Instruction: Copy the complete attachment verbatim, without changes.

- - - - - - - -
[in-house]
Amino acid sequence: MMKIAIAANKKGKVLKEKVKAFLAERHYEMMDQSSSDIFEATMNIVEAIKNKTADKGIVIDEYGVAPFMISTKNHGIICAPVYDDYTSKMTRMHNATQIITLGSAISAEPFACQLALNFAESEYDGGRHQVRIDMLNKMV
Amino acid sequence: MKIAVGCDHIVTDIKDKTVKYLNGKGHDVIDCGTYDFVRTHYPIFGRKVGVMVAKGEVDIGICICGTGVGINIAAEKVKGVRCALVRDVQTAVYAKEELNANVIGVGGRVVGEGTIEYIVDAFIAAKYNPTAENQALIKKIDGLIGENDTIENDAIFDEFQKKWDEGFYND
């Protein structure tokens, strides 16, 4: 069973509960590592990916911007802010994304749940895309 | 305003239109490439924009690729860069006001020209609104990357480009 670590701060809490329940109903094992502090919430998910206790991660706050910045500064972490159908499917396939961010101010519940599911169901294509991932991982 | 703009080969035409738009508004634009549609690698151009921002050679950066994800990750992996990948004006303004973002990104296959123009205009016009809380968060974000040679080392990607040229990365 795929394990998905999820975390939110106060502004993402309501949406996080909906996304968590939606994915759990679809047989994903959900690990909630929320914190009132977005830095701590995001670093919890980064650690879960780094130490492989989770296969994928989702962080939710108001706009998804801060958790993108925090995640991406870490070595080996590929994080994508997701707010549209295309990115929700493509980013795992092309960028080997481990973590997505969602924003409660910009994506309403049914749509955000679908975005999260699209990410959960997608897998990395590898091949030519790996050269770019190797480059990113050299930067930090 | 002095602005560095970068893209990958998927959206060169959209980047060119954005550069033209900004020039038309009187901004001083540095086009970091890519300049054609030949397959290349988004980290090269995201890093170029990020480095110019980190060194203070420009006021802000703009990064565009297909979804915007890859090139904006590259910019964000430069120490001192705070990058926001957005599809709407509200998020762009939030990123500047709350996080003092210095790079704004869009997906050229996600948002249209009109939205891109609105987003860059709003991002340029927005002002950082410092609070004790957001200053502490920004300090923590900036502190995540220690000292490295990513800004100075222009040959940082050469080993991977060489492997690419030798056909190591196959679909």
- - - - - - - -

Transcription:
[in-house]
Amino acid sequence: MMKIAIAANKKGKVLKEKVKAFLAERHYEMMDQSSSDIFEATMNIVEAIKNKTADKGIVIDEYGVAPFMISTKNHGIICAPVYDDYTSKMTRMHNATQIITLGSAISAEPFACQLALNFAESEYDGGRHQVRIDMLNKMV
Amino acid sequence: MKIAVGCDHIVTDIKDKTVKYLNGKGHDVIDCGTYDFVRTHYPIFGRKVGVMVAKGEVDIGICICGTGVGINIAAEKVKGVRCALVRDVQTAVYAKEELNANVIGVGGRVVGEGTIEYIVDAFIAAKYNPTAENQALIKKIDGLIGENDTIENDAIFDEFQKKWDEGFYND
């Protein structure tokens, strides 16, 4: 069973509960590592990916911007802010994304749940895309 | 305003239109490439924009690729860069006001020209609104990357480009 670590701060809490329940109903094992502090919430998910206790991660706050910045500064972490159908499917396939961010101010519940599911169901294509991932991982 | 703009080969035409738009508004634009549609690698151009921002050679950066994800990750992996990948004006303004973002990104296959123009205009016009809380968060974000040679080392990607040229990365 795929394990998905999820975390939110106060502004993402309501949406996080909906996304968590939606994915759990679809047989994903959900690990909630929320914190009132977005830095701590995001670093919890980064650690879960780094130490492989989770296969994928989702962080939710108001706009998804801060958790993108925090995640991406870490070595080996590929994080994508997701707010549209295309990115929700493509980013795992092309960028080997481990973590997505969602924003409660910009994506309403049914749509955000679908975005999260699209990410959960997608897998990395590898091949030519790996050269770019190797480059990113050299930067930090 | 002095602005560095970068893209990958998927959206060169959209980047060119954005550069033209900004020039038309009187901004001083540095086009970091890519300049054609030949397959290349988004980290090269995201890093170029990020480095110019980190060194203070420009006021802000703009990064565009297909979804915007890859090139904006590259910019964000430069120490001192705070990058926001957005599809709407509200998020762009939030990123500047709350996080003092210095790079704004869009997906050229996600948002249209009109939205891109609105987003860059709003991002340029927005002002950082410092609070004790957001200053502490920004300090923590900036502190995540220690000292490295990513800004100075222009040959940082050469080993991977060489492997690419030798056909190591196959679909």